Hilo vacation rentals
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Your guide to Hilo
Welcome to Hilo
The town of Hilo meets the definition of an idyllic Hawaiian destination. Its black sand beaches are lined with swaying palm trees arching over aquamarine waters, dramatic waterfalls plunge from shelves blotted by tropical rainforests, and some of the planet’s most active volcanoes are only a short drive away. Yet Hilo sees a fraction of the crowds drawn to its sunnier sister town of Kona. Hilo’s lush beauty and relaxed vibe can be attributed to its status as the rainiest city in the United States. Many visitors drop into Hilo for a quick visit before jumping off to explore the nearby Hawaii Volcanoes National Park. But hikers, snorkelers, waterfall chasers, and science enthusiasts will find a wide range of activities to choose from in Hilo, accompanied by a collegiate town spirit, thanks to the nearby University of Hawaii at Hilo.
When is the best time to stay in a vacation rental in Hilo?
The lush eastern side of the island of Hawaii is temperate but characteristically wet, soaking in an annual average of 140 inches of rainfall. This wet climate means it’s advisable to layer or bring a light jacket in preparation for intermittent showers; if you plan to venture up to the higher elevations inland, especially near summits and volcanoes, come prepared for legitimately cold temperatures. Spring and fall generally offer visitors the best overlap of warm and dry days in Hilo, the latter months thinning out crowds as the tourist season comes to a close. Hurricane season spans June through November; while violent tropical storms are always a possibility, historically they’ve rarely made landfall across the Big Island.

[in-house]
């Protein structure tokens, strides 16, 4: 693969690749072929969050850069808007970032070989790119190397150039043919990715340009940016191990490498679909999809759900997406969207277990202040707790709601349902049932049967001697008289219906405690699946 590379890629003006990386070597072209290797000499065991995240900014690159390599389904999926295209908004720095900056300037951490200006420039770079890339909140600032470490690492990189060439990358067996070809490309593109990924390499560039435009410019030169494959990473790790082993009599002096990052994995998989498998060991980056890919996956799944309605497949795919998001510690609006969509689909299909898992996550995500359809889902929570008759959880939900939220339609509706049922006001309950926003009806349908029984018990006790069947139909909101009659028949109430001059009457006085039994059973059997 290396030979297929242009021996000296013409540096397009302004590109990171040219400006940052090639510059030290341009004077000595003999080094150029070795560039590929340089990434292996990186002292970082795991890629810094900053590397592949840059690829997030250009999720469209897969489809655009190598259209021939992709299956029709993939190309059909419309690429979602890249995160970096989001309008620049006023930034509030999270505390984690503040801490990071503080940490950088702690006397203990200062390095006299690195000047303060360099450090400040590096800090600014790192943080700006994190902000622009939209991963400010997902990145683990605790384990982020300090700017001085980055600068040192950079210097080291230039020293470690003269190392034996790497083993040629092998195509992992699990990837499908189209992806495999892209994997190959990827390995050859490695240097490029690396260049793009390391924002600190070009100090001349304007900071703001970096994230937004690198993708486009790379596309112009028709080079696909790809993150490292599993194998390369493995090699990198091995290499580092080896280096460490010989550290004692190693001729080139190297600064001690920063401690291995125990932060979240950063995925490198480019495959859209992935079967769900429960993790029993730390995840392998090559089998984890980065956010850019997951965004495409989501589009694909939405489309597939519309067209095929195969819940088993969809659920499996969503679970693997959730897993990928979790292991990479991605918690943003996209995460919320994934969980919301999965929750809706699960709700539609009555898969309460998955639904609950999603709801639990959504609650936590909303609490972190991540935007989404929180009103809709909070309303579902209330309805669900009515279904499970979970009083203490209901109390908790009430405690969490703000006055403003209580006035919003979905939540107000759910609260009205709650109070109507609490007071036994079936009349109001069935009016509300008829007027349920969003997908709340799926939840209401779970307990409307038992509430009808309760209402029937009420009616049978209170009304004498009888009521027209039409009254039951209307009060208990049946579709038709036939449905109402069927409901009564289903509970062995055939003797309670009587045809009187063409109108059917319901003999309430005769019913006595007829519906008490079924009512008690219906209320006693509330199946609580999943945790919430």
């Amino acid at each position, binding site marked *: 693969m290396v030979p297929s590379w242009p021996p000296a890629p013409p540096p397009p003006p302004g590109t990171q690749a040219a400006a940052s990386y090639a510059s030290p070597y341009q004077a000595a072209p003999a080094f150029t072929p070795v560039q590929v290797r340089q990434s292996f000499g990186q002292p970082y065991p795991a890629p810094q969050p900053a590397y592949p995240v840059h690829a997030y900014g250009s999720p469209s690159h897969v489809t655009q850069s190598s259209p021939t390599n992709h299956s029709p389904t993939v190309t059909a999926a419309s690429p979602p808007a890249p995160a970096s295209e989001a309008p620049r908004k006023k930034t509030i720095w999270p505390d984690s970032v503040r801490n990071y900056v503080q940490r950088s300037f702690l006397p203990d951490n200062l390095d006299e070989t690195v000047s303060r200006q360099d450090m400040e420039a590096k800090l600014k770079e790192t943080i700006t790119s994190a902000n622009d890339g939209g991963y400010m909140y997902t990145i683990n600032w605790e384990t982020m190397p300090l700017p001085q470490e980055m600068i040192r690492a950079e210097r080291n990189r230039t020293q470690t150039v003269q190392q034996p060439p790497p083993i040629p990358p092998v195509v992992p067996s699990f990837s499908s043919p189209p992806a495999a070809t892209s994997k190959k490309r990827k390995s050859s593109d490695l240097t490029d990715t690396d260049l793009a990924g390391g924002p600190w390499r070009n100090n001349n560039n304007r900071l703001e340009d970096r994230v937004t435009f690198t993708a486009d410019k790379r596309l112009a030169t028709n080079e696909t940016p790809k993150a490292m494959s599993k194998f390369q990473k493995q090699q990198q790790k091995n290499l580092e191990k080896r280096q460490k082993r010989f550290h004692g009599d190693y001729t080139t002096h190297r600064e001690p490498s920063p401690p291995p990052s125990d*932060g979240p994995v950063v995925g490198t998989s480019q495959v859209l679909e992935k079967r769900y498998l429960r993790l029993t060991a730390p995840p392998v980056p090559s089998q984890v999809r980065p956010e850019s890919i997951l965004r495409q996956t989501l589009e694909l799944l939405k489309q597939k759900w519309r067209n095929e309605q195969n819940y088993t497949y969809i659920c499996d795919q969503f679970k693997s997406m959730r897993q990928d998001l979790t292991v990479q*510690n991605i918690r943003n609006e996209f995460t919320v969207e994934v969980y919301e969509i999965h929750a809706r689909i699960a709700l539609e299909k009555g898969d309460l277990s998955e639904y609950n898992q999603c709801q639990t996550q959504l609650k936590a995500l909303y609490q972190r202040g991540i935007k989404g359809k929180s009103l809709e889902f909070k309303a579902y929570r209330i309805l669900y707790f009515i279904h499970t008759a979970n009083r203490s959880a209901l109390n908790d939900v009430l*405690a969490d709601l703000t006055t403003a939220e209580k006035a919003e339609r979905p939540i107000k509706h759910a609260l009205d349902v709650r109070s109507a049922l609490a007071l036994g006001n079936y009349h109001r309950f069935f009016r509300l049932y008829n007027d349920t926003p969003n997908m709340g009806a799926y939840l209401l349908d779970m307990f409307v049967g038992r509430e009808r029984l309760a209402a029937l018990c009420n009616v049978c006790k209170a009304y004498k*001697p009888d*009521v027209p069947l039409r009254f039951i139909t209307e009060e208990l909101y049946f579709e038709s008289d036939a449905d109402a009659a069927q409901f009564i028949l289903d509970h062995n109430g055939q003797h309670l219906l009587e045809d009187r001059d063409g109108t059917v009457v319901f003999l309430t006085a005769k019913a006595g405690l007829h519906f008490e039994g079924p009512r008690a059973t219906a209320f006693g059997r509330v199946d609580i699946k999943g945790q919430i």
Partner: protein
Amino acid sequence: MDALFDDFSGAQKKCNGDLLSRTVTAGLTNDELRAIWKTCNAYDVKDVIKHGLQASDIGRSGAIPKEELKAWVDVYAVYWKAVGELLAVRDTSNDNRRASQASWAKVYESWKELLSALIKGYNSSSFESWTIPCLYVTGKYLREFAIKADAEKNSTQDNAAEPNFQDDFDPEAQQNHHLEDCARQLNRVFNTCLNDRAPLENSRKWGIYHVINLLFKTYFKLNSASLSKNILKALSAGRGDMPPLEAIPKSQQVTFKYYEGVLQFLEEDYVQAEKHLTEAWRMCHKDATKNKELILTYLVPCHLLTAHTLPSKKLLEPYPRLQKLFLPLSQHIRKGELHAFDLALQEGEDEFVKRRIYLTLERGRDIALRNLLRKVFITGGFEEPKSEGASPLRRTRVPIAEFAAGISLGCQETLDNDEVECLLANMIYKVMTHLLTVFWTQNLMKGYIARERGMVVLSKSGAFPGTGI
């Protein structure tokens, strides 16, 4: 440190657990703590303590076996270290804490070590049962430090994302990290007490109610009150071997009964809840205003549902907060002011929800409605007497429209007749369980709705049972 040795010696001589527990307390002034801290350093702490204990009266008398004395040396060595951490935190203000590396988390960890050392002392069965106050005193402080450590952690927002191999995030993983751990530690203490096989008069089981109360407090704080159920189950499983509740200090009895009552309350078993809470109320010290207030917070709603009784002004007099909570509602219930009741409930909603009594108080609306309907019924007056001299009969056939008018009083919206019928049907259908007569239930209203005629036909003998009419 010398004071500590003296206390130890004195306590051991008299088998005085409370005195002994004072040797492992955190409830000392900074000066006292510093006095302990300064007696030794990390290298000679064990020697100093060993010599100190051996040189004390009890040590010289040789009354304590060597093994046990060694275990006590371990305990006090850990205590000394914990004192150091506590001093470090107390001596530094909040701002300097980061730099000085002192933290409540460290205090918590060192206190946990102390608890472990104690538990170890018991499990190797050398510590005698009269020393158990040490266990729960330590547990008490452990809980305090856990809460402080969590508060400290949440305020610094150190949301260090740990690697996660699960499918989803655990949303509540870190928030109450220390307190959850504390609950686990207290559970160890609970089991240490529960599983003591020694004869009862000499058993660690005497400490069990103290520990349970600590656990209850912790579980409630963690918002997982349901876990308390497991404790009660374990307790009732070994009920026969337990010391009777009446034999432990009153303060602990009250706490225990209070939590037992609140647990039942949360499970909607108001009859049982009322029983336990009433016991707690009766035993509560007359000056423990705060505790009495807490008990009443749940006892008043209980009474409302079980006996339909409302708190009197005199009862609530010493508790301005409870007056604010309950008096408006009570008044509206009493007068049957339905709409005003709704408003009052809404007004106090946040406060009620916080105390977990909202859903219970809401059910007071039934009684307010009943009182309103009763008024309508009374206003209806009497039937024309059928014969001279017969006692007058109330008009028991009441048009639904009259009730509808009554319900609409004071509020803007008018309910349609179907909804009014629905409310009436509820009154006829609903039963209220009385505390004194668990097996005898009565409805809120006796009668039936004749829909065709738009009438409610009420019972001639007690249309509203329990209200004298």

What are the top things to do in Hilo?
Punalu‘u Beach is the most famous and accessible black sand beach on the island. Hawksbill and Hawaiian green turtles are known to amble up the volcanic-rock-tinted shoreline to sunbathe here. Just be sure to give these aquatic natives a wide berth onshore and in the water, as they’re protected under the Endangered Species Act.
Hamakua Coast Scenic Drive
While Rainbow Falls State Park unequivocally warrants a visit to take in its grand cascade of water, a more adventurous option awaits along this scenic serpentine 40-mile route tracing the North Shore of the island toward Waipi’o Valley. The road is dotted by a multitude of waterfalls and old sugar cane fields along the way.
Hawaii Tropical Bioreserve and Garden
While flora grows in abundance across Hilo, this botanical garden and nature preserve hosts a riot of tropical plants of unmatched color and beauty. There are more than 2,000 species collected and cultivated from across the globe, easily accessible to visitors by winding wooden pathways.